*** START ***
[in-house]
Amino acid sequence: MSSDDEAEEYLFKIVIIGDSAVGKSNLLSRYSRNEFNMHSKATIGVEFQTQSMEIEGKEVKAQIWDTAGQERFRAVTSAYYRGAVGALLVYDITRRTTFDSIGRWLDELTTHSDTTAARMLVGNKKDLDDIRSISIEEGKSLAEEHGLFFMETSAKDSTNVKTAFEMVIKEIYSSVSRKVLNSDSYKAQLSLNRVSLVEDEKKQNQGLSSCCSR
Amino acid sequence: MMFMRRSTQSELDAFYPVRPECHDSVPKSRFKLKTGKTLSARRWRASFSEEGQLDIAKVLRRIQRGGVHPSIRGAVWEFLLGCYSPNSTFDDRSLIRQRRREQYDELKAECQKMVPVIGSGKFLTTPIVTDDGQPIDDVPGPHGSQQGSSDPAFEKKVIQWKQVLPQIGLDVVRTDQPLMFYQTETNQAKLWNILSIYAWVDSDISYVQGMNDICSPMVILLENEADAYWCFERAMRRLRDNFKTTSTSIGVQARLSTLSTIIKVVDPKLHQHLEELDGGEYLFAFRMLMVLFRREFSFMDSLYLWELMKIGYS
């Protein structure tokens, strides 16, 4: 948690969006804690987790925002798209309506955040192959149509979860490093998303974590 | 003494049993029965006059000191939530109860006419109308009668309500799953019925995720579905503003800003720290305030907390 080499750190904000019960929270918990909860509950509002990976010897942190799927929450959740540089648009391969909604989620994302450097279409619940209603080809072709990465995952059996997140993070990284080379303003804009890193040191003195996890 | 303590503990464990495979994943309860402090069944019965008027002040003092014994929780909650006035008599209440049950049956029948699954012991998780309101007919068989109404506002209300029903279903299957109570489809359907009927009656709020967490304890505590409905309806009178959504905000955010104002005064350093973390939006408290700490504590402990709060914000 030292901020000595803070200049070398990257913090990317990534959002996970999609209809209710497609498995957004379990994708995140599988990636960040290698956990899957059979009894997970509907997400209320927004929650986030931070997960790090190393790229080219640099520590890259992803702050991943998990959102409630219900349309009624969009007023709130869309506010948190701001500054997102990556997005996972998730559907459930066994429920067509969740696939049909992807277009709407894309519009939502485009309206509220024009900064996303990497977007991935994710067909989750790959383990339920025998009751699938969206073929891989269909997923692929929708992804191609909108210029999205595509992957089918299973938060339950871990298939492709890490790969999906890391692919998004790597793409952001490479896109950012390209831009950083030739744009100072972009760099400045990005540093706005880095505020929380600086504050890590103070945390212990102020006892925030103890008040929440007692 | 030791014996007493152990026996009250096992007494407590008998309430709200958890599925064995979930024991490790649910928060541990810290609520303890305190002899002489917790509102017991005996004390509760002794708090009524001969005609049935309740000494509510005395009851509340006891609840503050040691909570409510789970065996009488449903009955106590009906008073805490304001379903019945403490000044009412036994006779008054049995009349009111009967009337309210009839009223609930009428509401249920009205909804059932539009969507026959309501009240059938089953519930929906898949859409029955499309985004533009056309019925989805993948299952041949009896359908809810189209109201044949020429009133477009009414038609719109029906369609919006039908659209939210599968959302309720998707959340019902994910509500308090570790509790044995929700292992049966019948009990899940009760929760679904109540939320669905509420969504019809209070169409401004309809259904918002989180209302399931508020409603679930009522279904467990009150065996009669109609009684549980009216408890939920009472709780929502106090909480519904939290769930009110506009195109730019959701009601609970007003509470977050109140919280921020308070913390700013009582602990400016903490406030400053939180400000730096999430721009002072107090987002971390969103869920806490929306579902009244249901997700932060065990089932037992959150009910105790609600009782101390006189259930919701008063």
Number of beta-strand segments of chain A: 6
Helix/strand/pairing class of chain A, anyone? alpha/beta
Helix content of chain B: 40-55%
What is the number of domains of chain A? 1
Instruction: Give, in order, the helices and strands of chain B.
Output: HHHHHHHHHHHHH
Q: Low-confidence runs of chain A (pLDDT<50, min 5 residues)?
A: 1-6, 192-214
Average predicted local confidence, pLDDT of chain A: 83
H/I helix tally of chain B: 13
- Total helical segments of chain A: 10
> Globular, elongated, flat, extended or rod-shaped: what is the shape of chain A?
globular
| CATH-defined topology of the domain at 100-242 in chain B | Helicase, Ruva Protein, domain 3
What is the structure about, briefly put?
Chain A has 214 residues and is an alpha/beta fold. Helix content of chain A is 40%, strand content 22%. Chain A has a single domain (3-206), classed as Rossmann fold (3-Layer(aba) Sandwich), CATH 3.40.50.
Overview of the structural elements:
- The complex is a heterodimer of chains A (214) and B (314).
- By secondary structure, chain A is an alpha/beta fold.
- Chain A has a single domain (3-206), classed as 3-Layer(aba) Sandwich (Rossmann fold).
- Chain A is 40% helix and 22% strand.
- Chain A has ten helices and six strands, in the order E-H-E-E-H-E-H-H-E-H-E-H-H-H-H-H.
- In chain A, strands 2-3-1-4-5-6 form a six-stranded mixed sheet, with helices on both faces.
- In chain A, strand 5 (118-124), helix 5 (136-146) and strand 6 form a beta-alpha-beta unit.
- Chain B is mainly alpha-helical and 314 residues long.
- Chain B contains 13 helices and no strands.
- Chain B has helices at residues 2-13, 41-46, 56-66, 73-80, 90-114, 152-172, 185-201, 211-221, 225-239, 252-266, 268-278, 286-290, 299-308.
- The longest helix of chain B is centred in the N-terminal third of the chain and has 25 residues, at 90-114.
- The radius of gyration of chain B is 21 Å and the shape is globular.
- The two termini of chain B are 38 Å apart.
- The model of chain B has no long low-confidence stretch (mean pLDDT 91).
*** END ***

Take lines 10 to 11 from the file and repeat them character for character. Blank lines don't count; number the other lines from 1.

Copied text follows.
Output: HHHHHHHHHHHHH
Q: Low-confidence runs of chain A (pLDDT<50, min 5 residues)?